Size Constraint Group Testing and DoS Attacks

  • My T. ThaiEmail author
Part of the SpringerBriefs in Optimization book series (BRIEFSOPTI)


In this chapter, we introduce the first application of group testing in detecting application Denial-of-Service (DoS) attack , which aims at disrupting application service rather than depleting the network resource. This attack has emerged as one of the greatest threat to network services. Owing to its high similarity to legitimate traffic and much lower launching overhead than classic DoS attack, this new assault type cannot be efficiently detected or prevented by existing detection solutions. To identify application DoS attack, we present a novel group testing (GT)-based approach deployed on back-end servers, which not only offers a theoretical method to obtain short detection delay and low false positive/negative rate, but also provides an underlying framework against general network attacks. This new application requires a new class of group testing, called size constraint group testing.


Average Response Time Client Request Virtual Server Testing Round Danger Mode 
These keywords were added by machine and not by the authors. This process is experimental and the keywords may be updated as the learning algorithm improves.


  1. 1.
    Sekar V, Duffield N, van der Merwe K, Spatscheck O, Zhang. H (2006) LADS: large-scale automated DDoS detection system. In: USENIX annual technical conference 2006Google Scholar
  2. 2.
    Kandula S, Katabi D, Jacob M, Berger AW (2005) Botz-4-sale: surviving organized DDoS attacks that mimic flash crowds 2nd NSDI. MA, Boston, May 2005Google Scholar
  3. 3.
    Ranjan S, Swaminathan R, Uysal M, Knightly E (2006) DDos-resilient scheduling to counter application layer attacks under imperfect detection. In Proceedings of the IEEE infocom, barcelona, Spain, April, 2006Google Scholar
  4. 4.
    Kim Y, Lau WC, Chuah MC, Chao HJ (2004) Packetscore: statisticsbased overload control against distributed denial-of-service attacks. In: Proceedings of infocom, HongKong, 2004Google Scholar
  5. 5.
    Du DZ, Hwang FK (2006) Pooling designs: group testing in molecular biology. World Scientific, SingaporeGoogle Scholar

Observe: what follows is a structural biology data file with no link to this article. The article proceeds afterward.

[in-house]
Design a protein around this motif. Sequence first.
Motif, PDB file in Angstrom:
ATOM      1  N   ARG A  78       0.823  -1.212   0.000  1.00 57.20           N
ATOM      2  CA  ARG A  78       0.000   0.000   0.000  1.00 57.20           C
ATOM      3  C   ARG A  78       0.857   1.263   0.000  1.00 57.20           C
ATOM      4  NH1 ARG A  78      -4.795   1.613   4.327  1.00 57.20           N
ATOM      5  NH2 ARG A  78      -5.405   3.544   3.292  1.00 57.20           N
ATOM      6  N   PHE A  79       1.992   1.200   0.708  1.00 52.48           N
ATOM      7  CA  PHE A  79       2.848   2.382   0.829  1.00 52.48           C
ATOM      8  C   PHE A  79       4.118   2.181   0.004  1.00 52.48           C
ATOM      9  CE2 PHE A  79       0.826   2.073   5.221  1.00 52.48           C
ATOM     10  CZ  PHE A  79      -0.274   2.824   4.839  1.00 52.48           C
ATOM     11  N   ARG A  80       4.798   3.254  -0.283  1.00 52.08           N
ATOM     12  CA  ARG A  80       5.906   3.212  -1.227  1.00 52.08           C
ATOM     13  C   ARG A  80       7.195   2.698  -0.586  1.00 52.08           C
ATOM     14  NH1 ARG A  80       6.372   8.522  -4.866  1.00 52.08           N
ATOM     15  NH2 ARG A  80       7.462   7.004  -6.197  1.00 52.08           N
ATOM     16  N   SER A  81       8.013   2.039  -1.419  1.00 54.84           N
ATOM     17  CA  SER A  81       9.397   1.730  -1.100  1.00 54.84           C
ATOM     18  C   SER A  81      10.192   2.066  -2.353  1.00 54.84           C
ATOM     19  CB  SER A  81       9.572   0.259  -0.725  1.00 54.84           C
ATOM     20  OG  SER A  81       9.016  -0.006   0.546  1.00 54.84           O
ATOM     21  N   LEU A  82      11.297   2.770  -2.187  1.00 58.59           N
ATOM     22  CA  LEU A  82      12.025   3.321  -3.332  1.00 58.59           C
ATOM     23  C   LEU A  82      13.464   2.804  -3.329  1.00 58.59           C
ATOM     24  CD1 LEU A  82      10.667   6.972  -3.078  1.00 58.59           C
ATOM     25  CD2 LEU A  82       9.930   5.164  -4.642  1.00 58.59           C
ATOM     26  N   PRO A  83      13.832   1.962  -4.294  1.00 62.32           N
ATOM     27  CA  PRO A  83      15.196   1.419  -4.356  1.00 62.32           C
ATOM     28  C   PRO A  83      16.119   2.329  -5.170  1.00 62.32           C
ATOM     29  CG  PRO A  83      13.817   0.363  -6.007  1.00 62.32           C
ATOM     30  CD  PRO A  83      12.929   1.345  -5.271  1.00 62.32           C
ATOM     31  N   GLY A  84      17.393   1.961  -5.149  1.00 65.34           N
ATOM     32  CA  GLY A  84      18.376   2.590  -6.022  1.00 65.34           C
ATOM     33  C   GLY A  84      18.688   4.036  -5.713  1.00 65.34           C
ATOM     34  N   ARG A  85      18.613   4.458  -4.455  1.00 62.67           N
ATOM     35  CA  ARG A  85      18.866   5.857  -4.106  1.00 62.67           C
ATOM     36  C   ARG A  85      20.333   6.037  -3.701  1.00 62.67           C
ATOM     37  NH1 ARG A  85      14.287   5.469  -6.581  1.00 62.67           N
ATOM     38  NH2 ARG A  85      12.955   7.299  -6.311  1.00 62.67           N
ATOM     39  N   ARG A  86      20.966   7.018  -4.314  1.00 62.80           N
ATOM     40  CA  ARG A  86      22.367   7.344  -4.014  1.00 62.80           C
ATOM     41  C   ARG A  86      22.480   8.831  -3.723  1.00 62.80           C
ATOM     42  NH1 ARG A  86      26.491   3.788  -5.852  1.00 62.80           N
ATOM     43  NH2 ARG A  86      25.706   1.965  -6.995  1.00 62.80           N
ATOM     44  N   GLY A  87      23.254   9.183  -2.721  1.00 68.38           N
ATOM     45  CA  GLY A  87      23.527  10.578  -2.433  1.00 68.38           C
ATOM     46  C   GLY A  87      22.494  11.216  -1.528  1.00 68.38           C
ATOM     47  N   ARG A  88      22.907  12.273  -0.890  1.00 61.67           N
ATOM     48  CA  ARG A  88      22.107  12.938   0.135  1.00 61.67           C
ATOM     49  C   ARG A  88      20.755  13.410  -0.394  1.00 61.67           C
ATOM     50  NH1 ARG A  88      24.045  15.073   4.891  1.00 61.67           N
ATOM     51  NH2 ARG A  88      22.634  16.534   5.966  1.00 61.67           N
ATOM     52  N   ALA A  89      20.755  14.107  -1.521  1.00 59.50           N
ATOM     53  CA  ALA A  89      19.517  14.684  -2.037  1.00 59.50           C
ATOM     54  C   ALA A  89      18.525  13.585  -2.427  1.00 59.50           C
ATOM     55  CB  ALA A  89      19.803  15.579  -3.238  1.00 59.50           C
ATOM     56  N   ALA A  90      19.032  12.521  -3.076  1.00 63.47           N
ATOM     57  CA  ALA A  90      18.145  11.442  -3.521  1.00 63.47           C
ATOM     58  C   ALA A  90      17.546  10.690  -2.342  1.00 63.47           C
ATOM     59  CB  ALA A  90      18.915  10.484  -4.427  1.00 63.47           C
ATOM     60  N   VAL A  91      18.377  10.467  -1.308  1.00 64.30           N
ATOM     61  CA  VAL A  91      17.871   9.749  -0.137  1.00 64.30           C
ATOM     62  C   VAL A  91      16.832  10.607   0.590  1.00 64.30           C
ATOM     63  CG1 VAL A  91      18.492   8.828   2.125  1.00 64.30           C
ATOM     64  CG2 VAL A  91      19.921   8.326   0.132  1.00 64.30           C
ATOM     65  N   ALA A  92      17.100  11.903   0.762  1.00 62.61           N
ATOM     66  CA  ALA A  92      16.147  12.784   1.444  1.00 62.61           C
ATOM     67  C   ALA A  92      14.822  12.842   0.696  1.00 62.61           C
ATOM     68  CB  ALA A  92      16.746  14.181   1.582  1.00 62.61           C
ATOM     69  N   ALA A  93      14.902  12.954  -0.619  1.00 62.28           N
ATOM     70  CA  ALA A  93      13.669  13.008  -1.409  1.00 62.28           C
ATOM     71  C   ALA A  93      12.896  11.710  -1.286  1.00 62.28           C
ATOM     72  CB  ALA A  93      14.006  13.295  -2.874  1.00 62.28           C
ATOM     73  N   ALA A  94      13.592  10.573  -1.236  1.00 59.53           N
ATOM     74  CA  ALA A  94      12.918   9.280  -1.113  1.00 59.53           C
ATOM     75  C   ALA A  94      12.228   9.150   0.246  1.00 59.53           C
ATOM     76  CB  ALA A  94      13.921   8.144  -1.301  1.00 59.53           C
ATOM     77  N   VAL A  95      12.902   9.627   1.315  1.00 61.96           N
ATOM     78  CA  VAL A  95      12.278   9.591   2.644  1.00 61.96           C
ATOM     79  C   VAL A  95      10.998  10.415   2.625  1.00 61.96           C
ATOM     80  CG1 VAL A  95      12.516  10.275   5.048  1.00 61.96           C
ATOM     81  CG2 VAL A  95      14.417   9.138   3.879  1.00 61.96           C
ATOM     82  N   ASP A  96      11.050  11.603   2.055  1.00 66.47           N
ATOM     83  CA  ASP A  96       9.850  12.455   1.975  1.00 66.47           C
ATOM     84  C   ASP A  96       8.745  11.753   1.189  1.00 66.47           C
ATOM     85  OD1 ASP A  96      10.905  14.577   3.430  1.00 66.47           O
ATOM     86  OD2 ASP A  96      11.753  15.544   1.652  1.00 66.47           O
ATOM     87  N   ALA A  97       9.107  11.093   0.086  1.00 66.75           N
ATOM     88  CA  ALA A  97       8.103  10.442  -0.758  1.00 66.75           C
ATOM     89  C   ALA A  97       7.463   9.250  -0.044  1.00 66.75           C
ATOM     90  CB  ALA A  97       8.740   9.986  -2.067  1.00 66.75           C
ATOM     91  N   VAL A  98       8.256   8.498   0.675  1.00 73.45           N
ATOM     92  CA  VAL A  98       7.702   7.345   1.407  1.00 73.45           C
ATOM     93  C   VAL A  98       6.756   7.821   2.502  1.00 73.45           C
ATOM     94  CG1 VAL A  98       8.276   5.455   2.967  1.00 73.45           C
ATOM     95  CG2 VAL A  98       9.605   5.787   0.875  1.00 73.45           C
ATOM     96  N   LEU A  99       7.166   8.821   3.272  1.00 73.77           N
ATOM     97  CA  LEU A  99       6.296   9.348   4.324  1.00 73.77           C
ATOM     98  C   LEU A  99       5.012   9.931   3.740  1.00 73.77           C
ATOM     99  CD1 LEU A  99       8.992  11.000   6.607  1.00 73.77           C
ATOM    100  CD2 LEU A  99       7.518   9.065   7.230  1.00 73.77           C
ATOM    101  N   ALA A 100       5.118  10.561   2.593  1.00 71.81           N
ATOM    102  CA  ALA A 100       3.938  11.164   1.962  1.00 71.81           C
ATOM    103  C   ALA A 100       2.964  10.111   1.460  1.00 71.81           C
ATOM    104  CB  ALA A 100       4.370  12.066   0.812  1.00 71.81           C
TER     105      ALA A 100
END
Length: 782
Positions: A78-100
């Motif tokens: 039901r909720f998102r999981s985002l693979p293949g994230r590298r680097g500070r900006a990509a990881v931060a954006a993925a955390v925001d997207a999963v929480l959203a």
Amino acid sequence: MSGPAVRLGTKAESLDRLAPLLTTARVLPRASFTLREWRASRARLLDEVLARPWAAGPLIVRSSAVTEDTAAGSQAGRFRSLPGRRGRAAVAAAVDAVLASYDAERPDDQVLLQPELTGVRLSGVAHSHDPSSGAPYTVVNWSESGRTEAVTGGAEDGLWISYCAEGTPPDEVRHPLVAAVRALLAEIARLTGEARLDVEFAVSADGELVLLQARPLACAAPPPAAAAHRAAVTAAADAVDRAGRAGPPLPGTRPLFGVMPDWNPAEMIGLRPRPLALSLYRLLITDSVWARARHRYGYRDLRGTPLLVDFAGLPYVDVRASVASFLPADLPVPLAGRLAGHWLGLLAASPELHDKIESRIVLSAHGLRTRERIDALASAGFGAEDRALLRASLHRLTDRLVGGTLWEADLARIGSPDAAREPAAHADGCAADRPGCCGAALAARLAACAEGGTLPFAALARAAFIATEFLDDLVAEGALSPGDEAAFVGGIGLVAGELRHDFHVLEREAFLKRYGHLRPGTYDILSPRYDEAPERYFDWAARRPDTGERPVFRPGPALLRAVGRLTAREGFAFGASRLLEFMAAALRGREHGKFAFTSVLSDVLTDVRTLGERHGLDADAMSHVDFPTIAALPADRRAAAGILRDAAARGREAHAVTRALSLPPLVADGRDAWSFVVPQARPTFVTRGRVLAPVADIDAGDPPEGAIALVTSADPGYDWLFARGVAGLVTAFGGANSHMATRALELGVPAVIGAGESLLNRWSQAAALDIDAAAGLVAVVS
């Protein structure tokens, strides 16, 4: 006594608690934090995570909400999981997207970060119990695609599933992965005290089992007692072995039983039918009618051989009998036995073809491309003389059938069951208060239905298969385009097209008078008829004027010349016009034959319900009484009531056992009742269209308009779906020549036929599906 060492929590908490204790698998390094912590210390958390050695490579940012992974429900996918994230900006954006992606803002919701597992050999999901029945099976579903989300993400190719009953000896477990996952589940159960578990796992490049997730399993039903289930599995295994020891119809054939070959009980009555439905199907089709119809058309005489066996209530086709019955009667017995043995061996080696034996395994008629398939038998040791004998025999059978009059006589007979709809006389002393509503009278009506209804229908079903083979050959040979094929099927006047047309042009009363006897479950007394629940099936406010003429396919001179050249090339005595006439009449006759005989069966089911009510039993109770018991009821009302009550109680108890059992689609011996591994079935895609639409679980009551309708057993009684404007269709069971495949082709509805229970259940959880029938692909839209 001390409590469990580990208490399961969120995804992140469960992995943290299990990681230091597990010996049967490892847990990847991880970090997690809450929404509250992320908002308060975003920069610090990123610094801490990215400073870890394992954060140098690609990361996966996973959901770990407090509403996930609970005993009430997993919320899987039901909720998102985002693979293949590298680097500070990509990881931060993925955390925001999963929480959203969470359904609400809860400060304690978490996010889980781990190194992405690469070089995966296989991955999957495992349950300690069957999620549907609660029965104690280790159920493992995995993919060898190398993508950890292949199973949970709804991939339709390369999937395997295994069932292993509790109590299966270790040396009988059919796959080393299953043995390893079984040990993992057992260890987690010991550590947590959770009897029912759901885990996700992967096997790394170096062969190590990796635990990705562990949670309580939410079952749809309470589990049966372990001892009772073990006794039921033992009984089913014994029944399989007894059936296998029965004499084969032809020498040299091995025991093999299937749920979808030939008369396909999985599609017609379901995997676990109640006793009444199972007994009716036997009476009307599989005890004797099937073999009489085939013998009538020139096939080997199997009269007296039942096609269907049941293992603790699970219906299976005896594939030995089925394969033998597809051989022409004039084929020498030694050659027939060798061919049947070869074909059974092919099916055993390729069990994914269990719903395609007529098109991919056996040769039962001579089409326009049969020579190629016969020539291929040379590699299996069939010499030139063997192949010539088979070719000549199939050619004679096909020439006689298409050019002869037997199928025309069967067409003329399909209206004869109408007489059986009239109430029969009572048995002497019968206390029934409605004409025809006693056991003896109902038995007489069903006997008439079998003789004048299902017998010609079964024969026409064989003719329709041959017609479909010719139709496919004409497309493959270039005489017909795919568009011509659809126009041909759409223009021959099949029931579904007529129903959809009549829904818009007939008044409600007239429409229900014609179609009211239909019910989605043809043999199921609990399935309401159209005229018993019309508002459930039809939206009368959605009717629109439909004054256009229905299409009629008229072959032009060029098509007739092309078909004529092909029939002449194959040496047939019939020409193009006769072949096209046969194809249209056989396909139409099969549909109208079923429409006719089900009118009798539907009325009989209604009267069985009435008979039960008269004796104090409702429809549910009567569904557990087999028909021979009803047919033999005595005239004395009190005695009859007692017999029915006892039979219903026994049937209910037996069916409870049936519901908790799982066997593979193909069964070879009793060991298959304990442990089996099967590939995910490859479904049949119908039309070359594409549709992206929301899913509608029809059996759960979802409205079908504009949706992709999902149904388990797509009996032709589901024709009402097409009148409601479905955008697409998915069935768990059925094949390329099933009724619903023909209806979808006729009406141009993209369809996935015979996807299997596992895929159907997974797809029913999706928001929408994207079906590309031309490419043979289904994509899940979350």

6. 6.
    Atallah MJ, Goodrich MT, Tamassia R (2005) Indexing information for data forensics, ACNS. Lecture notes in computer science vol 3531. Springer, Heidelberg, pp 206–221Google Scholar
  7. 7.
    Ricciulli L, Lincoln P, Kakkar P (1999) TCP SYN flooding defense. In: Proceedings of CNDSGoogle Scholar
  8. 8.
    Gligor VD (2003) Guaranteeing access in spite of distributed service-flooding attacks. In: Proceedings of the security protocols workshopGoogle Scholar
  9. 9.
    Kargl F, Maier J, Weber M (2001) Protecting web servers from distributed denial of service attacks. In WWW ’01: Proceedings of the 10th international conference on World Wide Web. ACM Press, New York, USA, pp 514–524Google Scholar
  10. 10.
    Thai MT, Xuan Y, Shin I, Znati T (2008) On detection of malicious users using group testing techniques. In: Proceedings of IEEE international conference on distributed computing systems (ICDCS)Google Scholar
  11. 11.
    Sharma P, Shah P, Bhattacharya S (2003) Mirror hopping approach for selective denial of service prevention in WORDS’03Google Scholar
  12. 12.
    Service provider infrastructure security: detecting, tracing, and mitigating network-wide anomalies (2005). 2005Google Scholar
  13. 13.
    Chu Y, Ke J (2007) Mean response time for a G/G/1 queueing system: simulated computation. Appl Math Comput 186(1):772–779MathSciNetzbMATHCrossRefGoogle Scholar
  14. 14.
    Eppstein D, Goodrich MT, Hirschberg D (2005) Improved combinatorial group testing algorithms for real-world problem sizes WADS. LNCS vol 3608. Springer, Heidelberg, pp 86–98Google Scholar
  15. 15.
    Mori G, Malik J (2003) Recognizing objects in adversarial clutter: breaking a visual captcha. IEEE Computer Vision and Pattern RecognitionGoogle Scholar
  16. 16.
    Dyachkov AD, Rykov VV, Rachad AM (1989) Superimposed distance codes. Prob Control Inform Thy 18:237–250zbMATHGoogle Scholar
  17. 17.
    Dyachkov AG, Macula AJ, Torney DC, Vilenkin PA (2001) Two models of nonadaptive group testing for designing screening experiments. In: Proceeding 6th International workshop on model-oriented designs and analysis. p 635Google Scholar

Copyright information

© My T. Thai 2012

Authors and Affiliations

  1. 1.Department of Computer and Information Science and EngineeringUniversity of FloridaGainesvilleUSA

Personalised recommendations